By Terry Flanagan

Tracking Risk at the Source

One of the outcomes of the Basel III capital regime will be to standardize the way that banks calculate their risk-weighted assets, and by extension their capital ratios. In order to differentiate themselves, banks will need to calculate risk at the source, i.e. at the trade level.

“As a result of regulatory forces, banks have become more identical in terms of how they value their business,” said Sven Ludwig, senior vice president of risk and analytics for EMEA at SunGard. “This forces them to find ways to differentiate. To do this, they will need to evaluate every trade, every business activity, upfront. At the inception of a trade, they have to evaluate if a trade is profitable over its entire lifetime. And this entire lifetime is a very new element.”

Prior to the financial crisis, the big change in risk regulation was the principle behind Basel II – that sophisticated banks could rely on their own internal risk models if they were deemed good enough by the regulators. And they could reduce their capital adequacy obligations as a result.

Post-crisis, model risk has been highlighted as a key concern, and regulators want to see greater commonality in the risk models and methods employed by banks, enabling them to make regular comparisons.

In particular, the Basel Committee’s Regulatory Consistency Assessment Programme (RCAP) is fostering a demand for consistency and the preparation for changes.

“It is often forgotten that Basel III, as part of its ‘Strengthening the global capital framework,’ also focuses on consistency, transparency, simplicity and comparability as well as risk coverage including fundamental review of the trading book [FRTB],” said Ludwig.

The Basel Committee’s RCAP (issued as BCBS219 in April 2012) is intended to ensure consistent implementation of Basel III across banks and jurisdictions. This was further reinforced by BCBS 258 “The regulatory framework: balancing risk sensitivity, simplicity and comparability,” issued in July 2013.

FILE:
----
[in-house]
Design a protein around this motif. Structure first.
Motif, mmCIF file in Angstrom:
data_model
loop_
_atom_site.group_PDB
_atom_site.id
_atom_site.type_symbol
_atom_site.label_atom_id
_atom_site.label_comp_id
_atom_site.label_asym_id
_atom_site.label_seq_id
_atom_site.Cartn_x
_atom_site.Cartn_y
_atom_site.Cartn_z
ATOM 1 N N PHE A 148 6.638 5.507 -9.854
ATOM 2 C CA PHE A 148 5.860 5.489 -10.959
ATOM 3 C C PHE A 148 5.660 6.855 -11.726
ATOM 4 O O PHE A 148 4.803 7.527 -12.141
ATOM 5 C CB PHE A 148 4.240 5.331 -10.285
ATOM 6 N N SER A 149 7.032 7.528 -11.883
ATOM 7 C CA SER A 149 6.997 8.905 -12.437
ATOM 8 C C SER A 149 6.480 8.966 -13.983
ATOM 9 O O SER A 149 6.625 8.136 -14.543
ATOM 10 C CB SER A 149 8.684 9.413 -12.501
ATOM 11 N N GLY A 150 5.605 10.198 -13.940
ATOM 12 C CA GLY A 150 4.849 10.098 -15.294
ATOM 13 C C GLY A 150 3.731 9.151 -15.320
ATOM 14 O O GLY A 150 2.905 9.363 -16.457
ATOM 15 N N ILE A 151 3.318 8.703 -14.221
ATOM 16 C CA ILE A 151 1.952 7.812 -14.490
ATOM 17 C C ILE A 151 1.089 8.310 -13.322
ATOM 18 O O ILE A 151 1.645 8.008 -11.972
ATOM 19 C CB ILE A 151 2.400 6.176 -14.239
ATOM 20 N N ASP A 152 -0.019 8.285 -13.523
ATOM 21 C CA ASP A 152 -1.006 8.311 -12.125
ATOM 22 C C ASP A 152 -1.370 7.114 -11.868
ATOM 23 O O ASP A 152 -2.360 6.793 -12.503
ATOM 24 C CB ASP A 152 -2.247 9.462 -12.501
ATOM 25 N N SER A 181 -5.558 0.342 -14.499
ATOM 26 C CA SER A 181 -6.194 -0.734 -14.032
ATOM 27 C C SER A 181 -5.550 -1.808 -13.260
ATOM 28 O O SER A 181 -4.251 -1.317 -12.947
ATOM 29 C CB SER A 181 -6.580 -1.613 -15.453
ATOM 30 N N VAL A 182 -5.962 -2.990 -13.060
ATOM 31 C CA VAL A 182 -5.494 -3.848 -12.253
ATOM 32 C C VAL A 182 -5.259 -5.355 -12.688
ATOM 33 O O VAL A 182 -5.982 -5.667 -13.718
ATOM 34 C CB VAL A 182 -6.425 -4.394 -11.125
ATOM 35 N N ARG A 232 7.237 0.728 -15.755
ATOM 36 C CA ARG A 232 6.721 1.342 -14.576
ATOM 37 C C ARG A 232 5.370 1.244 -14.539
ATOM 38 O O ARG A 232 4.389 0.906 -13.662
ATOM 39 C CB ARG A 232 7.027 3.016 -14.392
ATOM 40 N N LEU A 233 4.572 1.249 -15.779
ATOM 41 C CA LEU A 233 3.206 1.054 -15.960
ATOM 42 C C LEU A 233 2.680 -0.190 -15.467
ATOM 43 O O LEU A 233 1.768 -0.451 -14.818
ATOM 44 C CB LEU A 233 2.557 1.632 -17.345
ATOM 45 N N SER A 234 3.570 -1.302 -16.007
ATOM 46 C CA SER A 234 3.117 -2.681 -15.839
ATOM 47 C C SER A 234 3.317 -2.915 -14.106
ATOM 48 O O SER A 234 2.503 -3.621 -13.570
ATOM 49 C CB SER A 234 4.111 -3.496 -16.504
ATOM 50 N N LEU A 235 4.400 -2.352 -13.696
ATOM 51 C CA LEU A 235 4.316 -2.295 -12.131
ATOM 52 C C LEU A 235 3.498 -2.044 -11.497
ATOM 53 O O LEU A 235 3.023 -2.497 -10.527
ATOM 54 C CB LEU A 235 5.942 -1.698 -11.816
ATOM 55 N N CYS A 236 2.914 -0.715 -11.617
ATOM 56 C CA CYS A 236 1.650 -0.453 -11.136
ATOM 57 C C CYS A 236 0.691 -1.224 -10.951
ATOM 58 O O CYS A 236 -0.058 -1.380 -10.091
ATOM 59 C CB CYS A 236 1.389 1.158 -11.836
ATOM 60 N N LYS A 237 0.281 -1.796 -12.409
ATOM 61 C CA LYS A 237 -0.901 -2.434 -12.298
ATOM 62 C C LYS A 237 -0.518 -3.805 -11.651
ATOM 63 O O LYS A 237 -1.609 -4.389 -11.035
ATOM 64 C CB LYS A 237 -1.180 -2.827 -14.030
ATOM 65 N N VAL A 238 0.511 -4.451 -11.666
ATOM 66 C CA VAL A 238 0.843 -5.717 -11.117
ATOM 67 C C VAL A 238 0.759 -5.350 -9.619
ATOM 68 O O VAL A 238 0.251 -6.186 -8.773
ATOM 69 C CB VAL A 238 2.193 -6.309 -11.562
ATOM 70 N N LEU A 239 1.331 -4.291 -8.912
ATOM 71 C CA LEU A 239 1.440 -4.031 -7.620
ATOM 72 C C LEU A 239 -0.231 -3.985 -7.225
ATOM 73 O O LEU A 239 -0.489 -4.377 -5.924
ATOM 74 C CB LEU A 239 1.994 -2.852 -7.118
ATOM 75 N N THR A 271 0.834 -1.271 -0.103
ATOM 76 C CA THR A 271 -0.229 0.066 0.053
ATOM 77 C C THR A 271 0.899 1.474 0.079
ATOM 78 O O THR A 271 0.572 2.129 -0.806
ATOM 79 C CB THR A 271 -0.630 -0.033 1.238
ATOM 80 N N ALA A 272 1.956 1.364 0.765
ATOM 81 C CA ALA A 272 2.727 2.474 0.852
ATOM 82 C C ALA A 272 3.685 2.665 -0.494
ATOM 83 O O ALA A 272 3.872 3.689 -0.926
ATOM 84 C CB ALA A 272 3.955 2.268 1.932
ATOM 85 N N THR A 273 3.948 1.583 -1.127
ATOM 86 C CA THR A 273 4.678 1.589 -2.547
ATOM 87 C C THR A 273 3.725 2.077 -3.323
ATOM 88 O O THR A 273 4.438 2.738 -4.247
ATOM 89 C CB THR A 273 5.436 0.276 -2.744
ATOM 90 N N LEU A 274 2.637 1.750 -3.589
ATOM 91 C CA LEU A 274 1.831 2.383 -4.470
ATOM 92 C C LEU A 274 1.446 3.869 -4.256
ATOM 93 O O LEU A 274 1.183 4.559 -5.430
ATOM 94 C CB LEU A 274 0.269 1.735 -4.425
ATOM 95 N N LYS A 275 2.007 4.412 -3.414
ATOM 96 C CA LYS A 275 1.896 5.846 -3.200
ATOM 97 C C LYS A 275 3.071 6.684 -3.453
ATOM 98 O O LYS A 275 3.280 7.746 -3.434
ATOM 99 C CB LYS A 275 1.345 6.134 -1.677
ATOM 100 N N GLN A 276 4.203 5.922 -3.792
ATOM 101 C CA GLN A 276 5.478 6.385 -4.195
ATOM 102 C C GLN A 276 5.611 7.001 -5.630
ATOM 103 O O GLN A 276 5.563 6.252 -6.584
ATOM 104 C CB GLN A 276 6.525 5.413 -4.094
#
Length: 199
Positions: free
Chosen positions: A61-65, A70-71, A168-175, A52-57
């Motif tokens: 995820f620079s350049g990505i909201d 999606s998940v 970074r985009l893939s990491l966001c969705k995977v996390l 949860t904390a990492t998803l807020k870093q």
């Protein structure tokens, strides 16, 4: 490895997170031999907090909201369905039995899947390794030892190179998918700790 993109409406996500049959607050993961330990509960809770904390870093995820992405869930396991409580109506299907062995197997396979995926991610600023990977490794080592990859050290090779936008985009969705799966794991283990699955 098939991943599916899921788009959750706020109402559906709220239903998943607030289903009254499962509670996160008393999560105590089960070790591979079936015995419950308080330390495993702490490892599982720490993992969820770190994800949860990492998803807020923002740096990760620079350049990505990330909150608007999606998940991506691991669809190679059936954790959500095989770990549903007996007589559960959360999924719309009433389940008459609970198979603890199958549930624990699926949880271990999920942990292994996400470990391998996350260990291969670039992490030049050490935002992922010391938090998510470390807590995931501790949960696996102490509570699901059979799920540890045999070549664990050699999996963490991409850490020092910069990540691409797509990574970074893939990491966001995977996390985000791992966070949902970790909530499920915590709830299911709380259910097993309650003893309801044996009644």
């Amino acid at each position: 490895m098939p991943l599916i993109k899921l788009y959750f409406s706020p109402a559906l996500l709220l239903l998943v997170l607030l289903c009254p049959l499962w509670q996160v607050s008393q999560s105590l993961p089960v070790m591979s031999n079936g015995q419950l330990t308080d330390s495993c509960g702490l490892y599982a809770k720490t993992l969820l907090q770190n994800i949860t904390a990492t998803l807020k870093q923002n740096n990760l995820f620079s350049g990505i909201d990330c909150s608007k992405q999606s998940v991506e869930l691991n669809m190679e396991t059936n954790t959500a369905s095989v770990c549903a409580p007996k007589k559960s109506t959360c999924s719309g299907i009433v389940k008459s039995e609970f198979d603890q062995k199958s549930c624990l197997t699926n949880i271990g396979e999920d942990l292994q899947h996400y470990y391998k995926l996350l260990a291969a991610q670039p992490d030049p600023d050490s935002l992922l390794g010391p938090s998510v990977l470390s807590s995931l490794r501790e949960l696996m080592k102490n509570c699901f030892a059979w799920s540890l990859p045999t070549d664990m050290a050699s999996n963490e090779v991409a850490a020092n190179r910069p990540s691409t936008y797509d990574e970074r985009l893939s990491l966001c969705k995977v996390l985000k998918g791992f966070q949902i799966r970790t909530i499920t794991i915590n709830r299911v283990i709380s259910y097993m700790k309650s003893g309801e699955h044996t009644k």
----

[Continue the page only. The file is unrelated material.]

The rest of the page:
“One may argue that the comparability finds also its way into the FRTB via the so called ‘flooring’ ability of an internal model approach,” said Ludiwg.

The floor, according to a Dec. 2014 consultative paper issued by the Basel Committee, is meant to mitigate model risk and measurement error stemming from internally-modelled approaches. It would enhance the comparability of capital outcomes across banks, and also ensure that the level of capital across the banking system does not fall below a certain level.

“One may argue that the banks are faced with a level playing field in major components in respect to capital requirement calculations,” said Ludwig. “This is driving the financial markets to ‘monocultures,’ but also this leads to a battle of sophistication to ensure profitability of a business transaction.”

As a consequence, there is an increasing degree of sophistication around pricing adjustments, or what Ludwig terms “the battle of sophistication to ensure profitability of a business transaction. Given the need to ensure profitability while meeting in addition the capital requirements, it is vital that each trade is profitable across its entire lifetime.”

This pricing is required pre-deal, or “in other words it requires risk at inception,” Ludwig said. “The required thought leadership and integrated agile IT infrastructure will be increasingly expensive, unaffordable for non-specialized lower tier banks. Banks specializing solely on the sophistication and not addressing operational efficiency will outsource these tasks of the value chain.”

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